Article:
ShostakovichFestivalHeader

Toradze Plays Shostakovich
plays January 30 – February 1, 2014 at 8:00 pm
Pacific Symphony
Carl St ClairCarl St.Clair, conductor
Alexander Toradze, piano
Solomon Volkov, musicologist
Joseph Horowitz, artistic advisor
Shostakovich:
Excerpts from Lady Macbeth of Mtsensk
Excerpts from Symphony No. 5
Piano Concerto No. 2
Symphony No. 10
Renée and Henry Segerstrom Concert Hall
600 Town Center Dr in Costa Mesa
for tickets, call (714) 755-5799
or visit www.PacificSymphony.org

Sunday, Feb. 2, 2014, 1:00 pm
Renée and Henry Segerstrom Concert Hall
Preceding the Sunday Connections concert (see below), Pacific Symphony’s Book Club focuses on Volkov’s “Testimony: The Memoirs of Dmitri Shostakovich,” the seminal study of Stalin’s cultural dictatorship and its harrowing impact on Russia’s most famous 20th-century composer. The manuscript was smuggled out of the Soviet Union and has to this day never been published in Russia. The book club meets for a discussion led by Volkov and Horowitz. To take part in the Book Club, contact facilitator Susan Key, Ph.D, at susan.key01@gmail.

Sunday, Feb. 2, 2014, 3:00 pm
Reneé and Henry Segerstrom Concert Hall
The Symphony’s Sunday Connections concert spotlight shines solely on Shostakovich’s 10th Symphony, as St.Clair and the orchestra showcase and dissect the composer’s greatest work. Full of tragedy, terror and, ultimately, triumph, Shostakovich’s electrifying symphony is also full of memorable musical ideas. For tickets, call (714) 755-5799 or visit www.PacificSymphony.org.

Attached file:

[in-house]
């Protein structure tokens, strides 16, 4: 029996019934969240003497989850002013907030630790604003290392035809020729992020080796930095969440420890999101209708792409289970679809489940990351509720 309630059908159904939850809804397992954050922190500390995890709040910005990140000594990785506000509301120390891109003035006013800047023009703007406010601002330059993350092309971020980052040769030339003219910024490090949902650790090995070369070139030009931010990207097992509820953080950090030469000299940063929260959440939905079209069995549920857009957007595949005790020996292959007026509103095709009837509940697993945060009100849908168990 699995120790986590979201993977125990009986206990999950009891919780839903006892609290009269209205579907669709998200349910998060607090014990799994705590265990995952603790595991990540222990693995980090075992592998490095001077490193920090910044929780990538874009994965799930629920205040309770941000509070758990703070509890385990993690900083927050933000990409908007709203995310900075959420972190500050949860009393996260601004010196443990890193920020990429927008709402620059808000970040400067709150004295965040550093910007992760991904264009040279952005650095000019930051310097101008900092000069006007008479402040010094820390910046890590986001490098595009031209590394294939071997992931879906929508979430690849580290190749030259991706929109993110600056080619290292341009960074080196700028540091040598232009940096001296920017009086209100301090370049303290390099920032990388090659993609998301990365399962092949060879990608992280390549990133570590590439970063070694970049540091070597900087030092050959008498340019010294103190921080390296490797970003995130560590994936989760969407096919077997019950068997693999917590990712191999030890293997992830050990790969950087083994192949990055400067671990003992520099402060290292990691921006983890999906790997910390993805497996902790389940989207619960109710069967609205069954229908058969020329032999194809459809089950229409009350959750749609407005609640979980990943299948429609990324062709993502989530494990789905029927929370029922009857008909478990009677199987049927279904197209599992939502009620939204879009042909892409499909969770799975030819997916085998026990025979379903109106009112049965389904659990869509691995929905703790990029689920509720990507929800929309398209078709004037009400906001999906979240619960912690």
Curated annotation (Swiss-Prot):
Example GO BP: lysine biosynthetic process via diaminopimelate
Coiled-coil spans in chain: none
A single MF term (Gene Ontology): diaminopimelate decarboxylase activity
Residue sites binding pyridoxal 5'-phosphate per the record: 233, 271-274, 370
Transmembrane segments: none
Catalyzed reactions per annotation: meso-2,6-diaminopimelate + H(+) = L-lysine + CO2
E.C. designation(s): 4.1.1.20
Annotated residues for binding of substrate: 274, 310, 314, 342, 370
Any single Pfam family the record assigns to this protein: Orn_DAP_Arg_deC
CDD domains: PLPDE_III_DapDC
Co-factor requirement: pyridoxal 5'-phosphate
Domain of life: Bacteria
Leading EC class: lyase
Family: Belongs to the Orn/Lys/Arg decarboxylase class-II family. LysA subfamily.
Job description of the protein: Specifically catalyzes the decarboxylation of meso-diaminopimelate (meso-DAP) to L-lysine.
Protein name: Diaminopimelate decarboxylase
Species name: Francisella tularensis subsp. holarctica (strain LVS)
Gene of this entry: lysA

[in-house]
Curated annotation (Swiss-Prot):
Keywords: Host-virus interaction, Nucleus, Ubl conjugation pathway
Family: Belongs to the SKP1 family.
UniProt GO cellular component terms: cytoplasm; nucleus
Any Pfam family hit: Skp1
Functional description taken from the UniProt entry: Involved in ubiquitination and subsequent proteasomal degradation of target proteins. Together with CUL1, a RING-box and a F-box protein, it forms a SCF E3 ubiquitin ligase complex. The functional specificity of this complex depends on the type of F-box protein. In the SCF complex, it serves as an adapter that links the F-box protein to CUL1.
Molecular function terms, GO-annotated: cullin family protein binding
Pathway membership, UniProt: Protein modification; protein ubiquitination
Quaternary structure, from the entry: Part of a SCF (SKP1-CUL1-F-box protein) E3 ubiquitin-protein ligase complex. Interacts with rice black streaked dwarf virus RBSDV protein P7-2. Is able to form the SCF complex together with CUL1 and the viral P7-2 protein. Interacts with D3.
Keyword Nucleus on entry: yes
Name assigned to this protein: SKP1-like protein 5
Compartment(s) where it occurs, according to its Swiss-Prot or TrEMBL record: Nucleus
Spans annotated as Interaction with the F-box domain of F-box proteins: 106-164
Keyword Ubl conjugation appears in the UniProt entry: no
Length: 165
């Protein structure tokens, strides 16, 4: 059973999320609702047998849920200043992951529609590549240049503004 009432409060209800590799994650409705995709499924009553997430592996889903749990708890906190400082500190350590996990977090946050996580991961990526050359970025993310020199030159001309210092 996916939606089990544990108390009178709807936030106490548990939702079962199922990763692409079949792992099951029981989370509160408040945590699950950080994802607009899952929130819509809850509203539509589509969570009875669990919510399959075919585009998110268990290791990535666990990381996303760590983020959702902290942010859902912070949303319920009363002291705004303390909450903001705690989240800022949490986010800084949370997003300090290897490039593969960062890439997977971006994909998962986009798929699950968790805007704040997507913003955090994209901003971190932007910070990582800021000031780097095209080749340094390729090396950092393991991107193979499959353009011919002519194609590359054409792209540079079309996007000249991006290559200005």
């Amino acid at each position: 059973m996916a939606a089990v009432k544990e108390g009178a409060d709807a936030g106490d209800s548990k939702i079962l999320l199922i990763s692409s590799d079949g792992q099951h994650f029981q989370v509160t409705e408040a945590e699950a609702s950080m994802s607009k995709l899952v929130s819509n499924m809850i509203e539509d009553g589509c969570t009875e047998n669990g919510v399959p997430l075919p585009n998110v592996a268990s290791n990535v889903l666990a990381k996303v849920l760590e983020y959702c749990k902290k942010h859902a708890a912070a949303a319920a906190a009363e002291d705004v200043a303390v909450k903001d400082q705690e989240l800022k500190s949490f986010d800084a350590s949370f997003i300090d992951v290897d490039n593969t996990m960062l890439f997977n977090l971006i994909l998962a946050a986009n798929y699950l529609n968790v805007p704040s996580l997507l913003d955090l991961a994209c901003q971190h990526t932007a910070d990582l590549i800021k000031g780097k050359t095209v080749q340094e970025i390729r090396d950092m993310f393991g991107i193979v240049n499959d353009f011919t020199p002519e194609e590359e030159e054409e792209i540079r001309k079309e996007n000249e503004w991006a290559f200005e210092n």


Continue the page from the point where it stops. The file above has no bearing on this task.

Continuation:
Monday, Feb. 3, 2014, 4:15-5:30 pm
Partridge Dance Center at Chapman University
A special Master Class for Chapman dance students. Artistic director of the Los Angeles Ballet, Colleen Neary, and dancers from the Los Angeles Ballet, present a lecture/demonstration on the Balanchine Technique. Neary also speaks about her years working as a dancer with Balanchine.

Monday, Feb. 3, 2014, 7:30-9:30 pm
Crean Hall, Oliphant Hall, at Chapman University
A special Master Class focusing on specific Shostakovich pieces. Available to Chapman Orchestra students only. The instructors—Pacific Symphony’s principal violist and Chapman University professor Robert Becker, Volkov, and pianist Toradze—guide and mentor students in order for them to take their musical talent to a higher level. The master class includes discussion of Shostakovich’s Piano Concerto No. 1; Viola Sonata; and “Scherzo” from Symphony No. 10.

Tuesday, Feb. 4, 2014, at 7 pm
Memorial Hall at Chapman University
“Shostakovich Concert,” an evening hosted by Chapman University’s Chancellor Daniele Struppa. This multi-media presentation with dialogue between Chancellor Struppa and Volkov is followed by a performance of Shostakovich’s Viola Sonata by pianist Alexander Toradze and Symphony violist Robert Becker. Following the performance, Struppa engages in a discussion with Becker and Toradze. A reception takes place at the conclusion.

Wednesday, Feb. 5, 2014, 7-9 pm
Salmon Recital Hall, Bertea Hall, Room 109, at Chapman University